Work: Daphnis et Chloé Suite no 2
About This Work
Daphnis and Chloé was the largest work Ravel was ever to compose, occupying him from early 1909 until April 5, 1912. It is also widely regarded as his most impressive achievement, and among the greatest ballet scores of the twentieth century.
The work calls for an enormous orchestra, with approximately fifteen distinct percussion instruments and a wordless chorus, heard both offstage and onstage. Given its sheer size, the ballet score is much better known by excerpts, and when heard in concert, is usually represented by one of two suites that Ravel extracted from it. The first suite, of 1911, draws material from the "Nocturne," "Interlude" and "Danse guerriere," while Ravel designated the final three numbers: "Lever du jour," Pantomime," and "Danse générale" as Suite No. 2, following the score's completion in 1912.
Based on the pastoral drama by the Greek poet Longus, the ballet's scenario was devised by Mikhail Fokine, a classically trained dancer and choreographer for Sergie Diaghilev's Ballets Russes. In his autobiographical sketch, the composer described its conception: "In writing it I sought to compose a broad musical fresco, less concerned with archaic fidelity than with loyalty to the Greece of my dreams, which in many ways resembled that imagined and depicted by French artists at the latter part of the eighteenth century. The work is constructed symphonically on a very strict tonal plan, by means of a few themes, the development of which assures the work's homogeneity."
The first two scenes, which comprise Suite No. 1, portray the courtship of Daphnis and Chloé, and the latter's abduction by, and miraculous escape from, a band of pirates. The third scene, comprising the three numbers of Suite No. 2, takes place in a grove sacred to the god Pan and begins with daybreak following the pirate's night of terror. Eventually the muted sounds of dawn give way to a stronger, more dynamic melodic thread in the strings, rising to an impassioned lyrical theme. Throughout this extended passage, Daphnis awakes, anxiously looks for Chloé, and sees her among a group of shepherdesses. The two lovers embrace as the melody reaches an impassioned climax. In gratitude to Pan, whose intervention saved Chloé from the pirates, Daphnis and Chloé mime the adventures of the god and his beloved nymph, Syrinx, to a sultry flute accompaniment. Marked "expressive and supple," the solo is actually shared by the four members of the flute section -- piccolo, two flutes, and alto flute -- but played as if written for a single instrument. Chloé dances to this flute music, which becomes increasingly energetic, and she in turn, more animated. The motion suddenly breaks at a woodwind descent, and with a last whirl, she falls languorously into the arms of Daphnis. In a brief but passionate epilogue, a group of young women enter, dressed as bacchantes and shaking tambourines, followed by a group of young men. Against a dizzying 5/4 meter, Ravel deploys the full resources of the orchestra to create an exhilarating Dionysian celebration of physical love.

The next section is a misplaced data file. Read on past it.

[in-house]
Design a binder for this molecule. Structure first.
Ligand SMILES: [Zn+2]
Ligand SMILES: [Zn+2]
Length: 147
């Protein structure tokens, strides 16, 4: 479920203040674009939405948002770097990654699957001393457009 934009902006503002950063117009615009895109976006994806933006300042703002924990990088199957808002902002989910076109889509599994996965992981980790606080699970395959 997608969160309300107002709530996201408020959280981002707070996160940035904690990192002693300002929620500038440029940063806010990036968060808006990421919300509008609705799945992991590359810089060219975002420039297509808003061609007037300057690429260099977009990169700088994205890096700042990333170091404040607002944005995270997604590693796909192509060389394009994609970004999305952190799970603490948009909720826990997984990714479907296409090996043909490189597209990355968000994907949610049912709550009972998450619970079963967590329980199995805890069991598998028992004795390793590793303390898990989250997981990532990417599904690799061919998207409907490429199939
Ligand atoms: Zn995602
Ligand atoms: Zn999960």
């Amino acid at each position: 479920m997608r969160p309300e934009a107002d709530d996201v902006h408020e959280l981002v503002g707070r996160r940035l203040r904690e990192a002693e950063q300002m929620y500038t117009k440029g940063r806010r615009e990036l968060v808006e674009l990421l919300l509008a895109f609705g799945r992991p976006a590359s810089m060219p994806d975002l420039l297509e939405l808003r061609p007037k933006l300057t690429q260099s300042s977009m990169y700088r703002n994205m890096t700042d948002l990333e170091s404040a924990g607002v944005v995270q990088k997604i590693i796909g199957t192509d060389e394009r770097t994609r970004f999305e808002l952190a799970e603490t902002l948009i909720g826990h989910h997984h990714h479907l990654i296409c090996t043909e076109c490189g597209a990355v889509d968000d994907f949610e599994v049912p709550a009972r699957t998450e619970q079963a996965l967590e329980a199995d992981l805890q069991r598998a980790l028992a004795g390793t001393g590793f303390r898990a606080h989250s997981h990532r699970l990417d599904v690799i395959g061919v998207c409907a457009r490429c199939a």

-- Brian Wise
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